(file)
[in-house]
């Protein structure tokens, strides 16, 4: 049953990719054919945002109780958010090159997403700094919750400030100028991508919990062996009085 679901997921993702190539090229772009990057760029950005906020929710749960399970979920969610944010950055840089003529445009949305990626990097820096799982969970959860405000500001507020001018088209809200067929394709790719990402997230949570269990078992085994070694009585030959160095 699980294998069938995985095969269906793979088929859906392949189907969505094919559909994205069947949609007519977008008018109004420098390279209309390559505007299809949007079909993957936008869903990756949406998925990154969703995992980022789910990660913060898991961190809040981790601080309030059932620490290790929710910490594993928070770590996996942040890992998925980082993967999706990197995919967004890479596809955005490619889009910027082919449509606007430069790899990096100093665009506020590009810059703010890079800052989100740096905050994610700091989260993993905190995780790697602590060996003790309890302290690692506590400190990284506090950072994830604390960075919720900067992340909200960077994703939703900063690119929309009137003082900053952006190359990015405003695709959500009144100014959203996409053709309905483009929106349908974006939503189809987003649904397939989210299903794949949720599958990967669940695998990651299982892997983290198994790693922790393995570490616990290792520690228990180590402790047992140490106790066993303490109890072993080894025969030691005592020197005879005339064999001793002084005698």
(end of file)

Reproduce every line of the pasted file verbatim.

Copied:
[in-house]
């Protein structure tokens, strides 16, 4: 049953990719054919945002109780958010090159997403700094919750400030100028991508919990062996009085 679901997921993702190539090229772009990057760029950005906020929710749960399970979920969610944010950055840089003529445009949305990626990097820096799982969970959860405000500001507020001018088209809200067929394709790719990402997230949570269990078992085994070694009585030959160095 699980294998069938995985095969269906793979088929859906392949189907969505094919559909994205069947949609007519977008008018109004420098390279209309390559505007299809949007079909993957936008869903990756949406998925990154969703995992980022789910990660913060898991961190809040981790601080309030059932620490290790929710910490594993928070770590996996942040890992998925980082993967999706990197995919967004890479596809955005490619889009910027082919449509606007430069790899990096100093665009506020590009810059703010890079800052989100740096905050994610700091989260993993905190995780790697602590060996003790309890302290690692506590400190990284506090950072994830604390960075919720900067992340909200960077994703939703900063690119929309009137003082900053952006190359990015405003695709959500009144100014959203996409053709309905483009929106349908974006939503189809987003649904397939989210299903794949949720599958990967669940695998990651299982892997983290198994790693922790393995570490616990290792520690228990180590402790047992140490106790066993303490109890072993080894025969030691005592020197005879005339064999001793002084005698």